Philipp Rosemann

title.none: RESPONSE: Rosemann on Metzger

identifier.other: baj9928.0007.001 00.07.01

identifier.issn: 1096-746X

description.statementofresponsibility: Philipp Rosemann, University of Dallas,

publisher.none: .

date.issued: 2000

identifier.citation: Rosemann, Philipp. RESPONSE: Rosemann on Metzger's review of Understanding Scholastic Thought with Foucault(TMR 00.05.20). ISBN: .

type.none: Review

relation.ispartof: The Medieval Review

The Medieval Review 00.07.01

Rosemann, Philipp. RESPONSE: Rosemann on Metzger's review of Understanding Scholastic Thought with Foucault(TMR 00.05.20). ISBN: .

Reviewed by:

Philipp Rosemann
University of Dallas

Dr. David Metzger, an expert on neither Scholastic thought nor Foucault, has seen fit to butcher my book, Understanding Scholastic Thought with Foucault. His piece fails in the most basic task a review ought to address, namely, accurately to summarize the author's main theses and arguments. As he has not given himself the trouble to read the book carefully, most of the criticisms Metzger advances are not pertinent.

Let me begin by correcting the bibliographical data published with Dr. Metzger's review--annoying little inaccuracies that are probably not to be blamed on him. The New Middle Ages series is of course not edited by Michael Flamini, but by Bonnie Wheeler, of Southern Methodist University. My book appeared in 1999, not 2000. It has xiv, 263 pages, not iii, 263.

Understanding Scholastic Thought with Foucault opens with a seventeen-page introduction entitled, "A Change of Paradigm in the Study of Medieval Thought: From Rationalism to Postmodernism." Situating the book in the history of studies of the intellectual culture of the Middle Ages since Aeterni Patris, this introduction attempts to define some of the principal features of the current postmodern turn. It is complemented by an eighteen-page bibliographical essay at the end of the book which provides an overview of "literature...indispensable to anyone interested in embarking upon serious study of the intellectual life of the Scholastic period in a postmodern perspective". (189) In his review, Dr. Metzger does not discuss either the introduction or the bibliographical essay; indeed he does not mention them at all. Therefore, one wonders what justifies his opinion according to which Understanding Scholastic Thought with Foucault "does not provide a strong complement to ongoing work on nominalism--or even more general work on 'medievalism'..." The book explicitly addresses the question of the varieties of medievalism; but Dr. Metzger ignores what it has to say. That my book does not treat of nominalism is true--does every book on Scholastic thought have to, whatever its approach or perspective?

Study 1, on "Michel Foucault's Philosophy of History," discusses the philosophical presuppositions that are involved in a post-structuralist approach to intellectual history. The choice of Foucault is motivated by the fact he is "the post- structuralist philosopher who has devoted the most careful and detailed attention to historical research." (19) The Study argues that the earlier Foucault developed a theory of cultural change inspired mainly by Nietzsche's Birth of Tragedy. This dialectical theory, which is focused on the notions of the center and outside of a culture and describes their complex historical relationship, remains the guiding principle of the book's project of "understanding Scholastic thought with Foucault." Dr. Metzger objects that Study 1 "does not really provide us with a methodology," which, he adds, should be more than "merely the identification and serialized illustration of concepts." To substantiate his objection, he quotes "some statements about culture" that I make on page 25 of the book, but, alas, he does not explain the theory to which they belong. Thus taken out of context, the statements sound trivial and naive. To make matters worse, the third one is misquoted (read "now destined" for "not destined," which renders the sentence meaningless). Dr. Metzger's rhetorical strategies are neither scholarly nor fair.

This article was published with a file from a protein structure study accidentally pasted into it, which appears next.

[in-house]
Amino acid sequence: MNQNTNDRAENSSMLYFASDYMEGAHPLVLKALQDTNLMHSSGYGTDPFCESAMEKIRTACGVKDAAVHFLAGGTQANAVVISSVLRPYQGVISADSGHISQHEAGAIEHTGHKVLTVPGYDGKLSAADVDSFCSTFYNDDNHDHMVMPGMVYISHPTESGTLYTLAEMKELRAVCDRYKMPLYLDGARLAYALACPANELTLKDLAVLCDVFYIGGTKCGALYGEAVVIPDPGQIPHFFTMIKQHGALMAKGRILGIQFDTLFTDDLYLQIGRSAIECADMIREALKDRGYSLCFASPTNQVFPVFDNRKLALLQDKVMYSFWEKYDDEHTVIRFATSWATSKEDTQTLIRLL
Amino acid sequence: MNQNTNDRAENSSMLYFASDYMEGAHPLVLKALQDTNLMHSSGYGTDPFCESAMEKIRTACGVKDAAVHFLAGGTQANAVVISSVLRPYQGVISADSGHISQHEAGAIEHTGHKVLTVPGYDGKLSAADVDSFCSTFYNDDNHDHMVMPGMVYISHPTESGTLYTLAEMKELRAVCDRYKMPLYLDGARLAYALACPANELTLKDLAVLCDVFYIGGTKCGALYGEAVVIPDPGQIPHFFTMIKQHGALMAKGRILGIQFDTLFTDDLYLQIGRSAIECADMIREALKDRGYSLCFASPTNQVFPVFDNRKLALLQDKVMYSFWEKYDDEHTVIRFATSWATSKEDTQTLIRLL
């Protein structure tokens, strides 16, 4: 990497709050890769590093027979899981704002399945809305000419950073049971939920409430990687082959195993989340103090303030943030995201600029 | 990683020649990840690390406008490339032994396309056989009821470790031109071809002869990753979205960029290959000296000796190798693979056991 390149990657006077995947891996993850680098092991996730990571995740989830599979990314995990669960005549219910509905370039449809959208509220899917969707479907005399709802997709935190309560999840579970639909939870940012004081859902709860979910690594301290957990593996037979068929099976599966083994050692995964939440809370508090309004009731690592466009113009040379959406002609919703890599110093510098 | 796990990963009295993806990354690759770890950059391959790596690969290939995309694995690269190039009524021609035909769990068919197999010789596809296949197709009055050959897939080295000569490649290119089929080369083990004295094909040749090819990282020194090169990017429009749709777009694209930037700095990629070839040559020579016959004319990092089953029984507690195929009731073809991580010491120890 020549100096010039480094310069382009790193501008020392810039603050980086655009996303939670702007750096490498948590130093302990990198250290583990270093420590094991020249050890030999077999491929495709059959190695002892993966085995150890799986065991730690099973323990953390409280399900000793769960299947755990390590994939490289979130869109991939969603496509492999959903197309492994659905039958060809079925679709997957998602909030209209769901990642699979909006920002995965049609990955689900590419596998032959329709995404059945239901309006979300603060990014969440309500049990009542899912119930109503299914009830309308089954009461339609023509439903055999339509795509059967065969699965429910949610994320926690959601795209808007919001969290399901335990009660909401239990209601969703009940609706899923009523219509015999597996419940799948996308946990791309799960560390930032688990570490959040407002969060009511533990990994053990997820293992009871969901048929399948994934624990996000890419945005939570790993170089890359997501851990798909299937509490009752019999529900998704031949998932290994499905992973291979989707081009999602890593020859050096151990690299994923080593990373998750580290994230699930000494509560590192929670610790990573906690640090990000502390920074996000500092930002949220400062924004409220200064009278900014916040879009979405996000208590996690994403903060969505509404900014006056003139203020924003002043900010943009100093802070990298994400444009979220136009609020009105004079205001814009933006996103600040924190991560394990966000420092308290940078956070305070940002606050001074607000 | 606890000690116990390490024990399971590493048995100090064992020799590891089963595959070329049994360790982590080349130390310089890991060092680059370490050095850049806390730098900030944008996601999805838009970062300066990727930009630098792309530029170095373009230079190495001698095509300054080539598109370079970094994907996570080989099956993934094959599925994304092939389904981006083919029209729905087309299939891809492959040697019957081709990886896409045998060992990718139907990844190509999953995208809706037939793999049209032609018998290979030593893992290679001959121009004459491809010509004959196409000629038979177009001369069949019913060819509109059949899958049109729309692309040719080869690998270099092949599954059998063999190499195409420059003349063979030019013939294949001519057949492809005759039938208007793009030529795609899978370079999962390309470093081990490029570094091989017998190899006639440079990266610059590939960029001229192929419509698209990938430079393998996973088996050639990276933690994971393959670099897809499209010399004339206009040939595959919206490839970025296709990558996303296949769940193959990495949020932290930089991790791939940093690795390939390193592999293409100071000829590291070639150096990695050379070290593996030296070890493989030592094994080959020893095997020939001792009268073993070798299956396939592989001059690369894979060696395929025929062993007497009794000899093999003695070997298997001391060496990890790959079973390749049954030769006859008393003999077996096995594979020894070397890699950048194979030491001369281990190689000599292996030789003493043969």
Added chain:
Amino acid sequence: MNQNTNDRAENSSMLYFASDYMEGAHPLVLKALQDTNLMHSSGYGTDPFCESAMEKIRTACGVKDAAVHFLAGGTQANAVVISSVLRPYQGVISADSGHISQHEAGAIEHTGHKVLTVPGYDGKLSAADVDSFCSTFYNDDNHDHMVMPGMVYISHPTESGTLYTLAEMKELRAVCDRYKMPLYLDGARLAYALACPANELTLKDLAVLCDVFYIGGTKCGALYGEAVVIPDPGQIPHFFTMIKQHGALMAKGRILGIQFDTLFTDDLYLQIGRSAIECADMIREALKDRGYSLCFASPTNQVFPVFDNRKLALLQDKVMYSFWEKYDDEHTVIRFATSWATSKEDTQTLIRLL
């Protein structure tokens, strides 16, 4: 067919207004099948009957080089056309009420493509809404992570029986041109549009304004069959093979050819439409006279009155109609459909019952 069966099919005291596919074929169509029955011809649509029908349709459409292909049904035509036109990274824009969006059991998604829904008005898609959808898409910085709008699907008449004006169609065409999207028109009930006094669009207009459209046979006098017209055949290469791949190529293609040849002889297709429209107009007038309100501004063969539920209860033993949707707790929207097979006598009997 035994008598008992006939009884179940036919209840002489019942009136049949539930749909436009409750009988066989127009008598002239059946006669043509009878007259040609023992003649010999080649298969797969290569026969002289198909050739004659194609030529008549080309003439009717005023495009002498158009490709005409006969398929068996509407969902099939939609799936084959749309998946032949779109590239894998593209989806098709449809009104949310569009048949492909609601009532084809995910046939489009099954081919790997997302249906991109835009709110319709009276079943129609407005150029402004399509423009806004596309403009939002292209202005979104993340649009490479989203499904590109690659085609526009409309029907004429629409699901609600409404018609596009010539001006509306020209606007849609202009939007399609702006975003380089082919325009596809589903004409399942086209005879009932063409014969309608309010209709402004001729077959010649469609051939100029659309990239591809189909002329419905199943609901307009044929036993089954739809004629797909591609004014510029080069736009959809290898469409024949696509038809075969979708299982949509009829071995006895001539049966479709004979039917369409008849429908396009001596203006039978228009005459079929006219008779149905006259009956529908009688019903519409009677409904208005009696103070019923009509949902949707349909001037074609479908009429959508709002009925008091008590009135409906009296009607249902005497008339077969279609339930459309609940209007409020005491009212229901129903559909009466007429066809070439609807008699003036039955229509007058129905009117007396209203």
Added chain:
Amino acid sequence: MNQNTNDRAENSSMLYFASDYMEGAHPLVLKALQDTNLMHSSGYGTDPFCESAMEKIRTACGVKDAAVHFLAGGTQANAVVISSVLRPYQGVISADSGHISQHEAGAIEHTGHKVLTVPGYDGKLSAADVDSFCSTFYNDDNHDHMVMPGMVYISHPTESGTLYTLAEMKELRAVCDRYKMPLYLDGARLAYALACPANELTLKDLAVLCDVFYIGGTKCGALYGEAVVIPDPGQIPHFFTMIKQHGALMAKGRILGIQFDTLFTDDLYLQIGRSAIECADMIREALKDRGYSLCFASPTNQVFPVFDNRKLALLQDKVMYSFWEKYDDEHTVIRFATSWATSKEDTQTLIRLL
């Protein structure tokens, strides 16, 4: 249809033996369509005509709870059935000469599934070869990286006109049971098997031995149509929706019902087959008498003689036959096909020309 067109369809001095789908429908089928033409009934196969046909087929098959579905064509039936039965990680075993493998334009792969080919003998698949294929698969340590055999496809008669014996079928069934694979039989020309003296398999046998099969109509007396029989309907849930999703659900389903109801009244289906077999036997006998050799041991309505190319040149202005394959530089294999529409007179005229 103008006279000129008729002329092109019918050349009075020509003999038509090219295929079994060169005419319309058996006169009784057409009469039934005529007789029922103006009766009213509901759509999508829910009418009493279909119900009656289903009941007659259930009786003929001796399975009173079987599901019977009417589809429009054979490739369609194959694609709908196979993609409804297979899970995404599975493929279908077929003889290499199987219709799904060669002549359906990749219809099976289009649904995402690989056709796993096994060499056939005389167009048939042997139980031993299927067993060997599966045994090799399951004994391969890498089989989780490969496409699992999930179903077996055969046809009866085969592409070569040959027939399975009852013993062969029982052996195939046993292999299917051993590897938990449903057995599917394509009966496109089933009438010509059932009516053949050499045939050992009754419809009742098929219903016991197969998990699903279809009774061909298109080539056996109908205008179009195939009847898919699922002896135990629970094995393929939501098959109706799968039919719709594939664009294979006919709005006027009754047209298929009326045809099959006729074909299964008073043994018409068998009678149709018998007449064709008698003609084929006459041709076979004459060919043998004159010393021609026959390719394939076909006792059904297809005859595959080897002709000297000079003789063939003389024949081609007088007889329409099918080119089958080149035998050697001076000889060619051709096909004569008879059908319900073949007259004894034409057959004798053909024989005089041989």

But let us continue. Dr. Metzger is "not satisfied with the version of Foucault" that Study 1 presents. He believes that I should have considered alternative interpretations, as well as Foucault's dialogue with his contemporaries; all I offer, however, is "an analogy between Foucault and Nietzsche." Certainly, I could have expanded on the interpretation that Study 1 presents of Foucault's philosophy of history. However, Understanding Scholastic Thought with Foucault is not a book on Foucault; it uses a certain reading of Foucault as a tool for understanding Scholasticism. While this reading is admittedly partial, it is based on more than vague analogies between Nietzsche and Foucault, as Dr. Metzger would have it. In Madness and Civilization, Foucault's first great book, the author places his entire project "sous le soleil de la grande recherche nietzscheenne" (p. v of the first French ed. [1961]), developing his account of the relationship between reason and unreason in close dialogue with Nietzsche. What is more, Foucault never abandoned his Nietzschean roots, even in the revisions of his earlier positions. My approach of Foucault is therefore far less arbitrary than Metzger would make us believe.